The ‘leniency plus’ regime allows companies to benefit from a further reduction in fines if it gives information in relation to a second, unrelated conspiracy. The information supplied would have to be sufficient to allow it to qualify as a Type A applicant in relation to the second conspiracy (in other words, the information supplied must not be in relation to a cartel already under investigation by the OFT, or be in relation to a cartel about which another company has already given information).

Going for leniency? Are you sure?

The benefits of seeking leniency are obvious, particularly in Type A situations where companies will automatically receive a 100 per cent reduction in any fine, and all relevant employees and directors will be awarded no-action letters. Nevertheless, in deciding whether to apply for leniency, companies and individuals should also take into account a number of other factors:

  • Does the conduct amount to a cartel and is the OFT likely to be able to make the cartel allegation ‘stick’? That is, will the OFT be able to gather sufficient evidence to establish the infringement to the requisite legal standard of proof (civil or criminal) and successfully defend it before a court? In our experience, this can be a very difficult decision as a company will not know what evidence the OFT already has, or what it may subsequently receive from other companies, particularly as a result of the leniency applications (ie, it does not know what it does not know).
  • The ‘reputational’ effects. Although cartels are illegal, whistleblowing can have important implications for both a company’s and individual’s relationships with third parties (both commercial and personal).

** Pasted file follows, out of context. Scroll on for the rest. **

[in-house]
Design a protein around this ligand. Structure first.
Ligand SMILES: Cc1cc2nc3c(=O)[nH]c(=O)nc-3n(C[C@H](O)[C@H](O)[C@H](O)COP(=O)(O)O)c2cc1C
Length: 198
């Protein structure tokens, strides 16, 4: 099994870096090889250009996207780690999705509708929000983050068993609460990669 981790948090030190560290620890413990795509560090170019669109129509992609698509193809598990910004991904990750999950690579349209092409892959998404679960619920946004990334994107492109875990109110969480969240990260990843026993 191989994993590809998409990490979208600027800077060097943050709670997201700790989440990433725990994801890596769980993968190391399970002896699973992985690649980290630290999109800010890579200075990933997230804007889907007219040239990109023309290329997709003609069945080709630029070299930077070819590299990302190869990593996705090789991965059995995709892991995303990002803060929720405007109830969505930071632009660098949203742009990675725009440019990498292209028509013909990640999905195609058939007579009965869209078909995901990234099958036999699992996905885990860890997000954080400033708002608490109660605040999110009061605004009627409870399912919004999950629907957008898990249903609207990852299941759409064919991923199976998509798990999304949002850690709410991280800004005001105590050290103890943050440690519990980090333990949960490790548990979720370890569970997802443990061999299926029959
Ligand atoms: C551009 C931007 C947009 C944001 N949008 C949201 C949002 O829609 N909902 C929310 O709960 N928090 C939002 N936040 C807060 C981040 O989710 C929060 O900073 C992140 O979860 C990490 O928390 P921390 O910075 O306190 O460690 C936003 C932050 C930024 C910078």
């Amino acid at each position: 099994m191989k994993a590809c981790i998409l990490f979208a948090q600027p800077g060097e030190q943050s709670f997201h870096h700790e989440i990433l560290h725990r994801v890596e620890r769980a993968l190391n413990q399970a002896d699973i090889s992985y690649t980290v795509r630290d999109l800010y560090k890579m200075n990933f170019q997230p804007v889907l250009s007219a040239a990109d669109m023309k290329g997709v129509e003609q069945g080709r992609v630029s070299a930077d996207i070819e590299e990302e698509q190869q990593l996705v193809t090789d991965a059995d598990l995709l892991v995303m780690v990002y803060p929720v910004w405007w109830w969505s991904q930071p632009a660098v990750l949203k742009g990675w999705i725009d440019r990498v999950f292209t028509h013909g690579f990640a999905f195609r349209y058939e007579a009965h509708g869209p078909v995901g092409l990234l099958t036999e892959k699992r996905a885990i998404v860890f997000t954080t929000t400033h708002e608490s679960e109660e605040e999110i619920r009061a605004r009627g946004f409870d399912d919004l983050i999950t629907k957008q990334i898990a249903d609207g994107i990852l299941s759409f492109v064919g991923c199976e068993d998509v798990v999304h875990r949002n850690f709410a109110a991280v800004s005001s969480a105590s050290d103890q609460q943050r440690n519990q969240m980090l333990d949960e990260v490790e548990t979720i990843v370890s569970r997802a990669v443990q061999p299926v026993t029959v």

• If the cartel activity affects jurisdictions outside the UK, undertakings and individuals must consider whether to make parallel applications to other competition authorities (eg, the European Commission or US Department of Justice). Obtaining immunity from prosecution in the UK will not prevent infringement proceedings being brought by other competition authorities in relation to offences committed in other jurisdictions.34
  • Leniency applicants should be aware that information submitted to the OFT under the UK’s leniency programme can be passed on to overseas agencies (including the European Commission). Nevertheless, the OFT has stated that it will generally only do so after having sought the prior consent of the provider.35
  • In relation to the granting of a no-action letter, the OFT states that immunity from prosecution will not extend to an offence relating to the cartel behaviour, but which is clearly severable – such as the corruption of a public official. This means that although individuals can obtain immunity from prosecution in relation to the cartel offence, they are not immune from actions that may be taken by other government agencies, such as the SFO. Individuals can, however, take some comfort from the fact that in the OFT’s interim note on leniency, the director of the SFO has confirmed that if an individual has been given a noaction letter in relation to particular cartel activity, the SFO will not attempt to prosecute that individual for the cartel behaviour with a charge of conspiracy to defraud.36
  • Parties should also be aware that the leniency programme does not provide companies with immunity from damages actions that might be launched by aggrieved third parties. This makes the control of information supplied under a leniency application even more important, as the ‘escape’ of any damning evidence may prove very costly for the parties involved.